banner ad features Member articles and case scenarios free of charge. Contact Us if you are interested in having your work published on our website and linked to your Profile(s). broker Movie Ad
Create a free acount with PRWeb!
Deposition Designation Station

Articles on Forgery & Fraud

Sort by:  

8/12/2016 · Forgery & Fraud
Ten years ago, I wrote an article on how banks could minimize their litigation risks. Unfortunately, many of the same schemes are present today as they were ten years ago, such as check fraud, check kiting, elder abuse, bookkeeper fraud, and construction loan fraud. Today, cybersecurity and other high-tech risks are consuming bankers' attention in order to reduce their operational and reputational risks. While these issues are important, here are a few of the low-tech ways in which banks can minimize their litigation risk.

10/14/2014 · Forgery & Fraud
Identity theft should be a concern to all because of its pervasiveness. One form of theft is the opening of a credit card account using a pre-approved credit card solicitation. You may have received one or more of these solicitations every day, if not every week. Sometimes, the same company will send more than one such solicitation. The credit card companies do this because they receive information from credit reporting agencies and those with acceptable credit scores are sent more attractive offers.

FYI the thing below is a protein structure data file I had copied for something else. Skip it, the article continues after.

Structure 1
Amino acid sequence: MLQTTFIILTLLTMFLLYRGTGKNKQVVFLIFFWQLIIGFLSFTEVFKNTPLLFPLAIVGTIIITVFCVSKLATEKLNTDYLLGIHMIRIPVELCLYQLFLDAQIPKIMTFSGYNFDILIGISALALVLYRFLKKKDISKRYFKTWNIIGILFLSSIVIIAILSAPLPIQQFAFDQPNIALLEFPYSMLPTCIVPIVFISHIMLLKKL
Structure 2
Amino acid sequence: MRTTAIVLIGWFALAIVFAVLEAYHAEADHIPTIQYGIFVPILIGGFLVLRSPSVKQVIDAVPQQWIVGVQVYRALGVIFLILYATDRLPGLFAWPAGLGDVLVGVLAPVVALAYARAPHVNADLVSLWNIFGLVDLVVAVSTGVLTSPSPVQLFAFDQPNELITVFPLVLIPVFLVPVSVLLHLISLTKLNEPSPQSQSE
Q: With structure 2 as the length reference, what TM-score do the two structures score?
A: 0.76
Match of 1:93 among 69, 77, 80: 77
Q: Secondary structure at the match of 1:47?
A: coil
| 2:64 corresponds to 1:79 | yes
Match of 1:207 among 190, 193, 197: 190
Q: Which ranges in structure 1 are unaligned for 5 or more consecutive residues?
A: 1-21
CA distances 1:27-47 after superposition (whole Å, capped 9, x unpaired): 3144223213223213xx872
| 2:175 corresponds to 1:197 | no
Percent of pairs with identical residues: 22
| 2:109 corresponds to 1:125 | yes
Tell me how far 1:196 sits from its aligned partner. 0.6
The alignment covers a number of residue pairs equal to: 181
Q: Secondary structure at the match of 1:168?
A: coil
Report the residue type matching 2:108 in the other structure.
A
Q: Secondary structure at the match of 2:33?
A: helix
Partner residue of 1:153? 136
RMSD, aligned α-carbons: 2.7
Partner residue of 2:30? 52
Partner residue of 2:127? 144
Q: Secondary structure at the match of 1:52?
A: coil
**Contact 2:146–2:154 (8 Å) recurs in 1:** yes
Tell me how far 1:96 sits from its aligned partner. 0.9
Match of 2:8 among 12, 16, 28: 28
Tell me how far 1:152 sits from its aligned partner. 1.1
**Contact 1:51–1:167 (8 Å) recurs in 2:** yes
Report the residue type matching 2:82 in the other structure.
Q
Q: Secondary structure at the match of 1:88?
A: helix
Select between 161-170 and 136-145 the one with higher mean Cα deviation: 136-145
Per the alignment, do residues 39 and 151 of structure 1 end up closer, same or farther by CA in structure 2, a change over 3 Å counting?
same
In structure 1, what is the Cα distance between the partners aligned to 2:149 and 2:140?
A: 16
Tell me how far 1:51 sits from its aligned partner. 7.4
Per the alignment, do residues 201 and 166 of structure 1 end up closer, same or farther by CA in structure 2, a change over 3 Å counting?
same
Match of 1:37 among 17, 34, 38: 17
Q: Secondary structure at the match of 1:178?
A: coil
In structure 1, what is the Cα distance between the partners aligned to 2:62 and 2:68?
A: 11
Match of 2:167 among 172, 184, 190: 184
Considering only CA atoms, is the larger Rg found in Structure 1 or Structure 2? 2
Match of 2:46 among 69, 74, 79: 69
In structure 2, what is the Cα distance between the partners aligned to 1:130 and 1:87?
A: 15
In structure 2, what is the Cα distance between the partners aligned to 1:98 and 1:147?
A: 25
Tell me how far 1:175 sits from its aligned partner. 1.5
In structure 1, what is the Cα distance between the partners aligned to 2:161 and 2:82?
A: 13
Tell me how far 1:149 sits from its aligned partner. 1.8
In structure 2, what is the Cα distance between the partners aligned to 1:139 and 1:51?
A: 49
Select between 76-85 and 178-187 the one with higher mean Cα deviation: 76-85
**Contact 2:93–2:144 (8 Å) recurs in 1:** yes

3/2/2008 · Forgery & Fraud
In the past few decades the proliferation of computer equipment has simplified the method of creating fraudulent documents. Desktop publishing is making it easy to create counterfeit documents from letters of credit to forged checks

Internal Revenue Code §165, as codified in Title 26 USC §165, is a door through which those who have suffered certain uncompensated casualty losses may recover as much as 35% of their losses, and you, as that person's investigator are the key to the door

12/30/2004 · Forgery & Fraud
While most legal professionals think of external hackers when they hear about information theft, that's often not the case. The more common culprit: someone with legitimate access to the information - i.e., insiders